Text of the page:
Steve Jobs, who led the PC and digital lifestyle revolutions, has died at the age of 56.

Apple’s web site today is given over to a pic of Jobs, with the simple caption: Steve Jobs; 1955 – 2011.

The company’s tribute to its co-founder and CEO reads: “Apple has lost a visionary and creative genius, and the world has lost an amazing human being. Those of us who have been fortunate enough to know and work with Steve have lost a dear friend and an inspiring mentor. Steve leaves behind a company that only he could have built, and his spirit will forever be the foundation of Apple.”

Apple has invited people to send their memories of Jobs to rememberingsteve@apple.com.

Jobs has had a long battle with cancer, having had tumours removed from his pancreas and receiving a liver transplant, before succumbing yesterday.

Jobs was the co-founder, with this friend Steve Wozniak, of Apple Computer. The company was set up in 1976 from the spare room in Jobs’ parents’ house in Palo Alto, California, later moving to their garage. The two were 21 and 25 years’ old at the time.

While Wozniak was the engineer behind the early Apple products, Jobs was the iconic marketing force from the beginning, and he retained this charisma and appeal to the end.

Jobs is best known today for the must-have iPod, iPhone and iPad products, but he has been leading the technology revolution since the 1970s.

Apple’s first product, the Apple 1, was actually a kit, which enthusiasts could assemble themselves, but was quickly followed, in 1977, by the Apple II.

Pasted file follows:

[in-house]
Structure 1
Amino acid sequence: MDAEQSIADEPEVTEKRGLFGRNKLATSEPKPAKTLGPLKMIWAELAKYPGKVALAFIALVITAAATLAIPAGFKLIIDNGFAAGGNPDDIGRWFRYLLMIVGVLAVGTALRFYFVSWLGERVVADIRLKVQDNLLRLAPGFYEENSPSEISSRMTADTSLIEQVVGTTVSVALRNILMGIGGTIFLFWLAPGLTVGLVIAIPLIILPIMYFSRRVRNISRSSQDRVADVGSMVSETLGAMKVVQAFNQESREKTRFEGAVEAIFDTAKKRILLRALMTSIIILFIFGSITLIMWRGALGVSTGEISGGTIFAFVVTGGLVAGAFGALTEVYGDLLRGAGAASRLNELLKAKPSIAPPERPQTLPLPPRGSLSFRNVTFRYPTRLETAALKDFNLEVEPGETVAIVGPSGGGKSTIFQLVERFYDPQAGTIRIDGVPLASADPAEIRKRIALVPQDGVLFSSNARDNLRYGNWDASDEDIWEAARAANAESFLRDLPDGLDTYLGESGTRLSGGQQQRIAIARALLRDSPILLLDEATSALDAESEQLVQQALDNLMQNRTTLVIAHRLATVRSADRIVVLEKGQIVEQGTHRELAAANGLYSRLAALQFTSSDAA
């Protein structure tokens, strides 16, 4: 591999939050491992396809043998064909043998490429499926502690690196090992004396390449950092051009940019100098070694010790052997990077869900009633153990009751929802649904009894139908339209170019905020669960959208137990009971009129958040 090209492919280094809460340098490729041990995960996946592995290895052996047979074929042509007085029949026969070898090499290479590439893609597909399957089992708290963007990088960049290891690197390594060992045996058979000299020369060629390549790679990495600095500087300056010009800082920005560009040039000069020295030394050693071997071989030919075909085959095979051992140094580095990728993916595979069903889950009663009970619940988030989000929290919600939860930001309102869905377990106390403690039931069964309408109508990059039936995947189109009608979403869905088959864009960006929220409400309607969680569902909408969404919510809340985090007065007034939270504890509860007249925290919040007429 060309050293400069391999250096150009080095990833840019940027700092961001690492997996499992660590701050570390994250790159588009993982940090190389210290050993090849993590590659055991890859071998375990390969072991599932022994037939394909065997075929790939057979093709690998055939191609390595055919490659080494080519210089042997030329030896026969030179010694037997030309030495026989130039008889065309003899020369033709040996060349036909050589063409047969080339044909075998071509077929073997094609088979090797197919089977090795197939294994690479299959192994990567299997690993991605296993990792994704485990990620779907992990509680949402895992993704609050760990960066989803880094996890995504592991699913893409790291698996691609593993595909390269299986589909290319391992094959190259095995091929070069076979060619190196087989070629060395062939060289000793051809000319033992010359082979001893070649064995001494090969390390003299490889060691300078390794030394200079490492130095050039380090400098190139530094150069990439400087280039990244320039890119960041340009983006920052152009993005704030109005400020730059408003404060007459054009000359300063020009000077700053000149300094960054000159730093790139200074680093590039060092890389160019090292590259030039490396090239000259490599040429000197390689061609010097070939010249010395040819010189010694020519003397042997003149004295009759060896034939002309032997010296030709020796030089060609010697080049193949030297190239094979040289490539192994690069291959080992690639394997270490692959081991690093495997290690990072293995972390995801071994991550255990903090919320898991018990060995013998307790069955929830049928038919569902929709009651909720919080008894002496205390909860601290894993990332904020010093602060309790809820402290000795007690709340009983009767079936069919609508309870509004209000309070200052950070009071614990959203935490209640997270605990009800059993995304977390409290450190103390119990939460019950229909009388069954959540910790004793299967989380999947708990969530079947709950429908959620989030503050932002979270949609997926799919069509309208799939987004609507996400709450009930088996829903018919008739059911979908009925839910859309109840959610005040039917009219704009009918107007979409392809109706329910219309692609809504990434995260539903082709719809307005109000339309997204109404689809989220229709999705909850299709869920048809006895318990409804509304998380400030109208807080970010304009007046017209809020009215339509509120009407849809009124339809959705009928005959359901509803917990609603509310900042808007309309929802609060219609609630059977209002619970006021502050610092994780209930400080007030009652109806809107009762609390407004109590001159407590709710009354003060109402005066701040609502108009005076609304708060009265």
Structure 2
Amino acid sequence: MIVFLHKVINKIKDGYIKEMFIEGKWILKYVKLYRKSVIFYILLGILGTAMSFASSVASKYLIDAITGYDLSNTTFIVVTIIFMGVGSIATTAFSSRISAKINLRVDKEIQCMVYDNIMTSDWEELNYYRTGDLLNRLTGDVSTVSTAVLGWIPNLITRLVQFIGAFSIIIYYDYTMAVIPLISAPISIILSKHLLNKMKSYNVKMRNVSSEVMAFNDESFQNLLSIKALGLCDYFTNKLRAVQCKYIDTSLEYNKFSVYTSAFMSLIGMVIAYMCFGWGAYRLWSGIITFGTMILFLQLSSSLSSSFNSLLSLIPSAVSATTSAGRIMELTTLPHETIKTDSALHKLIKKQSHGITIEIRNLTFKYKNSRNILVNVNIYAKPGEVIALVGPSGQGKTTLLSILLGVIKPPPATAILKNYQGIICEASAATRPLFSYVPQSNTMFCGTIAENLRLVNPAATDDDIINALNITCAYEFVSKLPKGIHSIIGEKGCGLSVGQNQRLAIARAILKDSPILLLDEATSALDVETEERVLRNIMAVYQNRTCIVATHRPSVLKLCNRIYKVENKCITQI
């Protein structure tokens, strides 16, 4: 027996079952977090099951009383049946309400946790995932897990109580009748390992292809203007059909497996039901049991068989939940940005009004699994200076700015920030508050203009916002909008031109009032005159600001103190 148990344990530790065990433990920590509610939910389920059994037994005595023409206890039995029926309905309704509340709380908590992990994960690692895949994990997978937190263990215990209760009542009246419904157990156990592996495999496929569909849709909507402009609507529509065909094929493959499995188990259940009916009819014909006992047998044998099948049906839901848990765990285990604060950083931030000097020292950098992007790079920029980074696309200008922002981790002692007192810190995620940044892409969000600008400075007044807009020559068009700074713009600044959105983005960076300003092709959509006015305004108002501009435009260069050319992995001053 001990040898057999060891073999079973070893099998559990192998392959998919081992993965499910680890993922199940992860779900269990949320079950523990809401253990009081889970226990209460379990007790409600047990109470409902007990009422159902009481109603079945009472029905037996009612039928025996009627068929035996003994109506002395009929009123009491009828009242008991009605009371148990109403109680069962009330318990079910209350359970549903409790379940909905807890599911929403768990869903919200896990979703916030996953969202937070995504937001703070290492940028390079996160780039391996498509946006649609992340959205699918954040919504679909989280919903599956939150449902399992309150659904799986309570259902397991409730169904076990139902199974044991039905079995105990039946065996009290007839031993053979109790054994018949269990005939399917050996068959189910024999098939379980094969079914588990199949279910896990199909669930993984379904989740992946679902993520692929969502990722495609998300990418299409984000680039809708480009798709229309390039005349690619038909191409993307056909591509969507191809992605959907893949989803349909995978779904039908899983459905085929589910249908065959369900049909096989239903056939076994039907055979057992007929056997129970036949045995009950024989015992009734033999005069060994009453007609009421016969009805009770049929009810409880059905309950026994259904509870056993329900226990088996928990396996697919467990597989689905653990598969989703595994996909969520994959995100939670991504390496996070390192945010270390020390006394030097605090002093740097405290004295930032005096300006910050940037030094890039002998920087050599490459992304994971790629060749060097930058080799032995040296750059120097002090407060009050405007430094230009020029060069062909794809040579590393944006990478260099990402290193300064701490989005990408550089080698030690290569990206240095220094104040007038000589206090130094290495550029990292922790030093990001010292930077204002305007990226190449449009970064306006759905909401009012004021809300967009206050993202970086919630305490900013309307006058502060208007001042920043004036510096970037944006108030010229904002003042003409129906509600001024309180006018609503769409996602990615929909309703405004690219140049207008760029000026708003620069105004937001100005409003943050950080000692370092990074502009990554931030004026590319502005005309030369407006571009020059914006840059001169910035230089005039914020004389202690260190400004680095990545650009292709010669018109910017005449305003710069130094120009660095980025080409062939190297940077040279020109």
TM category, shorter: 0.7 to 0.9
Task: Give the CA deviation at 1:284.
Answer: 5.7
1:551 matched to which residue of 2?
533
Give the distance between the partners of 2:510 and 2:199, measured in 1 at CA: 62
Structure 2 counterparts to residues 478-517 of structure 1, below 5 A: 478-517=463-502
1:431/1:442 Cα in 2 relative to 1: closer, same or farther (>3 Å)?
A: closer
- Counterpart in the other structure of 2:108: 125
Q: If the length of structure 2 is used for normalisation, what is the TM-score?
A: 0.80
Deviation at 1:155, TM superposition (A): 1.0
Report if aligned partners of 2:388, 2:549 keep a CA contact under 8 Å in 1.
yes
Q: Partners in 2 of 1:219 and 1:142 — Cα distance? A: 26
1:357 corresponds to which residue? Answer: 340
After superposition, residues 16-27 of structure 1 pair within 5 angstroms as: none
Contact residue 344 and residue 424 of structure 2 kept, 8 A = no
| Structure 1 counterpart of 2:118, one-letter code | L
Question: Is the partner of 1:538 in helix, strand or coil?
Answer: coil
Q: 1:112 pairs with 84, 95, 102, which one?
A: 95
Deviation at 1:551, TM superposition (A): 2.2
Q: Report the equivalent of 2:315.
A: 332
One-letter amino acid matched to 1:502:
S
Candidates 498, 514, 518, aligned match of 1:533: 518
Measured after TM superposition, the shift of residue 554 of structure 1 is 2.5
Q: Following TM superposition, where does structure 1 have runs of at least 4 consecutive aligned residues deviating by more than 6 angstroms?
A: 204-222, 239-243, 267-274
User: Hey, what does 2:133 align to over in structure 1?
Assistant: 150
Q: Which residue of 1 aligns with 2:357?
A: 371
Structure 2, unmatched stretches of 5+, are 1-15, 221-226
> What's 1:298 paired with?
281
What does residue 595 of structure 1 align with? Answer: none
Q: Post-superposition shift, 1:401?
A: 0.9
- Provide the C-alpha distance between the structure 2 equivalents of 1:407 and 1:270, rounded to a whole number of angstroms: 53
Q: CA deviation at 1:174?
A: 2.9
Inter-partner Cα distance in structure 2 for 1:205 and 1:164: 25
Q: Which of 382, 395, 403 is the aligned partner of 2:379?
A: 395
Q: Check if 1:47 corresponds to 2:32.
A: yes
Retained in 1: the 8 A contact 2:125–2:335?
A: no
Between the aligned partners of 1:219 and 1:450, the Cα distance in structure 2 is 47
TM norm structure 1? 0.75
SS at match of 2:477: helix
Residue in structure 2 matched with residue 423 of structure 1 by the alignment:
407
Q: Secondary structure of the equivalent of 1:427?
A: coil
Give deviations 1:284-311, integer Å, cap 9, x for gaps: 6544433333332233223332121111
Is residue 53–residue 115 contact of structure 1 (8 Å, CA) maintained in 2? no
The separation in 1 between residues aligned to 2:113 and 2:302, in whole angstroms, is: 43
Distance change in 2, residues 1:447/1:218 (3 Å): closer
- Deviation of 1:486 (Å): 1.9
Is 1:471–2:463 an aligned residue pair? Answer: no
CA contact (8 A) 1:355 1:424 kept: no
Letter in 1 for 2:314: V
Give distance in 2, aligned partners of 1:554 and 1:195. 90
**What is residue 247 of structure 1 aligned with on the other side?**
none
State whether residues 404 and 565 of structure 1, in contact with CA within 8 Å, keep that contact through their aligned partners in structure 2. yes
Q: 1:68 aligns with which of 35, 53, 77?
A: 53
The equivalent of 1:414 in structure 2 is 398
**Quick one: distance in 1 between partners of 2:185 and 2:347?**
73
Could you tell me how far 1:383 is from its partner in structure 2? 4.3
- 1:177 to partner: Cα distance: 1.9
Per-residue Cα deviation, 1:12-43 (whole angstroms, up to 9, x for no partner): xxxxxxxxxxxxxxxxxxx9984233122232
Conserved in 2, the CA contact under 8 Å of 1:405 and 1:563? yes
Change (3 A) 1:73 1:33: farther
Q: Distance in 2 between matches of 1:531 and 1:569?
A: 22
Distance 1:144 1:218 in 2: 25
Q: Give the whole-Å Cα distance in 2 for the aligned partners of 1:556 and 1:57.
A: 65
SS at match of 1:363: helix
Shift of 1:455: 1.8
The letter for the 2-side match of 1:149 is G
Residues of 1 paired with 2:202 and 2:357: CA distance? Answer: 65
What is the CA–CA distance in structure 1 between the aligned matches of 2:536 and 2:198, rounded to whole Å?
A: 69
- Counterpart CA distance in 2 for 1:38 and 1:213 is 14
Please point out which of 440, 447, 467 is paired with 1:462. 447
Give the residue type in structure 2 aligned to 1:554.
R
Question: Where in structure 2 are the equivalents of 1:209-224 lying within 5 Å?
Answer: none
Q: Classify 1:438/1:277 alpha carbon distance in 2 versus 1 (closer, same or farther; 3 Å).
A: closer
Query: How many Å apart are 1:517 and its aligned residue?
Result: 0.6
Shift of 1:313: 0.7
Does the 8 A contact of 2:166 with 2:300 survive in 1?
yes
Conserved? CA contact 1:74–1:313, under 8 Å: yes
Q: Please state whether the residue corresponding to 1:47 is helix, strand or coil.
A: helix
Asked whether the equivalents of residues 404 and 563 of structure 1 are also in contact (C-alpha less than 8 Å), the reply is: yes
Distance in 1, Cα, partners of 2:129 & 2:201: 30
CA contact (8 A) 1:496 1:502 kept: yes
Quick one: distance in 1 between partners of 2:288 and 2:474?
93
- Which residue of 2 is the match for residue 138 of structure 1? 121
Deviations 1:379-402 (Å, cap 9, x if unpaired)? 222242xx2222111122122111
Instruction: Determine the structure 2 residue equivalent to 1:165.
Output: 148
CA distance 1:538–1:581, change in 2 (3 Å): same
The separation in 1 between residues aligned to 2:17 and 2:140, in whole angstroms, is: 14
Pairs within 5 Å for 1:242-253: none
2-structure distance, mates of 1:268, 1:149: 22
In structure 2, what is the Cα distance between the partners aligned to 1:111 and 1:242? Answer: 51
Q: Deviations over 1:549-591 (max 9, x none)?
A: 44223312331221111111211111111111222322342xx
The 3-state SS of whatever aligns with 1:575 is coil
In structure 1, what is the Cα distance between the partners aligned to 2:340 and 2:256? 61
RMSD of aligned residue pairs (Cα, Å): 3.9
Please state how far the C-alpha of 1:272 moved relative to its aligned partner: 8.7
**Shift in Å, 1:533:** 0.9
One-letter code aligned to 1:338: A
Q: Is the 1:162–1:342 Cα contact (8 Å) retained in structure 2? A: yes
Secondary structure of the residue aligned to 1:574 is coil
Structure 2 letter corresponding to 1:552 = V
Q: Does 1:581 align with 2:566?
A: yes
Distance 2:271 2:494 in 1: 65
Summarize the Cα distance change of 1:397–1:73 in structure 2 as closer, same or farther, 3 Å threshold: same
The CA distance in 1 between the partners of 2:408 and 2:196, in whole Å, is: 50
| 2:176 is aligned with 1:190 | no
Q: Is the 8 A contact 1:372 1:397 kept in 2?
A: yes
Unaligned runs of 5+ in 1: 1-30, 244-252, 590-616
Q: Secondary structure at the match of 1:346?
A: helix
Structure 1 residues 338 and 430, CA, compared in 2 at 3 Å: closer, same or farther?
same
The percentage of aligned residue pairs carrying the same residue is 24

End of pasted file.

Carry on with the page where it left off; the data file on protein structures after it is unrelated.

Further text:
Widely acknowledge as the first true personal computer, the Apple II moved out of the purely hobbyist market and became mainstream. The Apple IIe was even more popular and became the computer of choice for high schools and colleges around the world.

At this time, Apple was not officially represented in South Africa, but products were available through distributor Base 2.

Following numerous disagreements with then Apple president John Scully, Jobs left the company he founded in 1985, relinquishing all his shares but one, which allowed him to attend shareholders’ meetings, and vote. He went on to found NeXT Computer and drive Pixar to success, returning to Apple in 1996.

The rest, as they say, is history, with Jobs presiding over an ever-more successful Apple as it launched its hugely successful line of “i” products.

Having led the PC revolution, Jobs was also at the forefront of the digital lifestyle revolution, with the iPod and iTunes forever changing the way people buy and listen to music. The iPhone and iPad have continued this revolution and now include all forms of media and entertainment.